When I started working on understanding social systems, privacy really wasn’t on my mind. (I generally want to write down equations, understand the universe and all that). But one of the central realizations arising from our SensibleDTU experiment is that privacy needs to be an important part of this kind of research. I’ve written about this at length elsewhere. One of the things we noticed while digging into terabytes of social data is that data-channels are highly correlated. Information “bleeds through” … something which has serious implications for privacy. Case in point: My group has just released a new preprint (get it here) that shows how the WiFi information routinely collected by your smartphone can easily be converted to precise information about your location. WiFi routers reveal where you live, work, and spend your leisure time. While your phone may have told you that WiFi helps “improve location accuracy”, it may come as a surprise that
- A majority of apps in the store have access to the list of routers around you (scanned every 20 seconds).
- Your Android smartphone by default scans for WiFi routers even if you disable WiFi.
Our research shows
- How to easily convert WiFi information into geographical position.
- That although it sounds like all WiFi scans might be a lot of data to process, your mobility can be described using just a few of access points. And we have built an Android app which only requires WiFi data to illustrate how this works for your own mobility: Download here.
- That if someone knows these routers at some point in time, they will still know a lot about your mobility six months later.
Thus, while WiFi networks are intended for enabling connectivity, they are also a de facto location tracking infrastructure. More generally, our world is becoming more enclosed in a web infrastructures supporting communication, mobility, payments, and advertising. Logs from mobile phone networks (call detail records, CDRs) constitute a global database of human mobility and communication networks. Credit card records form high-resolution traces of our spending behaviors.
Update June 3rd, 2015 (maybe-our-paper-played-a-role-in-this edition)
Yesterday, while scouring Google I/O for details on the updated permissions (and to see if anyone mentioned our work), we found that a Google engineer (Ben Poiesz) was asked about the issue of WiFi tracking during the session discussing the new permission model. The session took place on May 29th – the clip is here:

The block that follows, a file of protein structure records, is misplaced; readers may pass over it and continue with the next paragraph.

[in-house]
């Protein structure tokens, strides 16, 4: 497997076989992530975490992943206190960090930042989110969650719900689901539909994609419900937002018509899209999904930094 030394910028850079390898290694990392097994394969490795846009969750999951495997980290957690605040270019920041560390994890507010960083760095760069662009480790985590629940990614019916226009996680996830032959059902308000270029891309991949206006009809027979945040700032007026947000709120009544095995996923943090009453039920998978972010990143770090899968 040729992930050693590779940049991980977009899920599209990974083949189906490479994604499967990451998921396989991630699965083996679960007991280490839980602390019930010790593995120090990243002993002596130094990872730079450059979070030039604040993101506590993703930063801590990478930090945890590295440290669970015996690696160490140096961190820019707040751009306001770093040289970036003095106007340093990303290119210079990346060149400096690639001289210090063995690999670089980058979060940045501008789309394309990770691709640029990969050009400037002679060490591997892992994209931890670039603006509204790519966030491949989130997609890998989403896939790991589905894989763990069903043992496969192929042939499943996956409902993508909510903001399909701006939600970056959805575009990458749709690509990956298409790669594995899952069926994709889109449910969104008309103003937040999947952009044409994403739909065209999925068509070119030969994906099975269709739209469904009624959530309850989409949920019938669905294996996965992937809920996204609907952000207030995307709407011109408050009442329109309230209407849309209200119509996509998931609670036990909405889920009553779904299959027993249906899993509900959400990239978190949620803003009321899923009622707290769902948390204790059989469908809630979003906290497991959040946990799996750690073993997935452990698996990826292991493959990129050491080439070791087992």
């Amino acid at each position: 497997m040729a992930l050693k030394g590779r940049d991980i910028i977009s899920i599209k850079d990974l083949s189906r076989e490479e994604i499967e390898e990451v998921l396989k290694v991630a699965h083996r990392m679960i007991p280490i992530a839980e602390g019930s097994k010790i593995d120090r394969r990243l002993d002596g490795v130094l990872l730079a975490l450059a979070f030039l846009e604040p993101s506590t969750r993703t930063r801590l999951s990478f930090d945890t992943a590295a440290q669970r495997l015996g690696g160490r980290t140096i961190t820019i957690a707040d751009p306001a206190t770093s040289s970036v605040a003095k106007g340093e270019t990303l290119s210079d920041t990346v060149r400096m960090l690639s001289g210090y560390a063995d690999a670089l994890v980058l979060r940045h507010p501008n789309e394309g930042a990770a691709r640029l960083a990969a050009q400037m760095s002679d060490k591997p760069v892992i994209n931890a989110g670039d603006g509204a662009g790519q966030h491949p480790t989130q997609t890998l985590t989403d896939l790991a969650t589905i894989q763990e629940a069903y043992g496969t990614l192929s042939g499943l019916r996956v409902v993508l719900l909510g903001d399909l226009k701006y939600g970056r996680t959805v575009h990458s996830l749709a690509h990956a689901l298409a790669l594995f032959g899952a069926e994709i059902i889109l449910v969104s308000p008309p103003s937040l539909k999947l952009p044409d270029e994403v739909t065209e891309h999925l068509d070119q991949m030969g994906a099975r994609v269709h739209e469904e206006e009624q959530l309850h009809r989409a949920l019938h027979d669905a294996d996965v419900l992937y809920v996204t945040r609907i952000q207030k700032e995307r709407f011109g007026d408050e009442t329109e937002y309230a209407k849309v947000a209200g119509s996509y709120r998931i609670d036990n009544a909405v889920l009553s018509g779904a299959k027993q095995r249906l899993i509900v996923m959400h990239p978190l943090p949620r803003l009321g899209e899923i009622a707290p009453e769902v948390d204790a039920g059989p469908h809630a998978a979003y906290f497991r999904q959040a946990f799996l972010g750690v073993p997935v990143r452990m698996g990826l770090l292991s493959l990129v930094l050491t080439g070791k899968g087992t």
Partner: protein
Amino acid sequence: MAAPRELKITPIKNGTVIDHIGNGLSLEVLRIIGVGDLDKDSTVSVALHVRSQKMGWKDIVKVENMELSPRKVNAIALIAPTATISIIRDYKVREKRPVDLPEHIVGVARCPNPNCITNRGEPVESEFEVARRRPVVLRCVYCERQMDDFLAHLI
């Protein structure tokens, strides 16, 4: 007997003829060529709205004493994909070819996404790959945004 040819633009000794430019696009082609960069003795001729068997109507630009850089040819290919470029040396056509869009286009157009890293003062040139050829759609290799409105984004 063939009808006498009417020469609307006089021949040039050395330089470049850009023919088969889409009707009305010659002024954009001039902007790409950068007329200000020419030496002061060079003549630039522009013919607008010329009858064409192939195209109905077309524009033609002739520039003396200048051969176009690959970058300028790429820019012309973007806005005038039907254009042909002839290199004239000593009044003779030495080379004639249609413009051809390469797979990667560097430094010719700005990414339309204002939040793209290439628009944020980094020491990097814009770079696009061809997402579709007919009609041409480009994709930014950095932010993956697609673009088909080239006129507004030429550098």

In the video, the friendly Google engineer notes that that – under the new system – apps without the location permission will no longer be able to see the mac addresses of WiFi and Bluetooth devices around … because that’s that’s equivalent to location.
No one is claiming (least of all us) that our work caused the change, but we would like to point out a couple of things about the way Google chose to announce it, which might indicate that the choice of fixing wifi is a recent decision on Google’s part:
- The published source code [find it here] (lines 99-114) and documentation [find it here] do not yet indicate that WiFi information is to be treated as location.
- When you install the current Android M beta on your phone, our “WiFi Watchdog”app still works … and WiFi is not treated as location. And a technical point: This it’s not just because of the “legacy mode” – according to the same presentation (https://youtu.be/f17qe9vZ8RM?t=13m): “WiFi Watchdog” should just receive empty data on Android M, but instead it continues to receive the same data as on Lollipop
- The announcement of this arguably major change (80% of apps on the market would potentially be affected) was not a part of the main presentation … but an answer during the Q&A session.
Now, it is probably just a coincidence, and maybe a fix for the WiFi permissions has been in the works for months. But it’s quite striking that Google decided to fix wifi permissions 7 years after the existing scheme was introduced (and just days after we published our paper).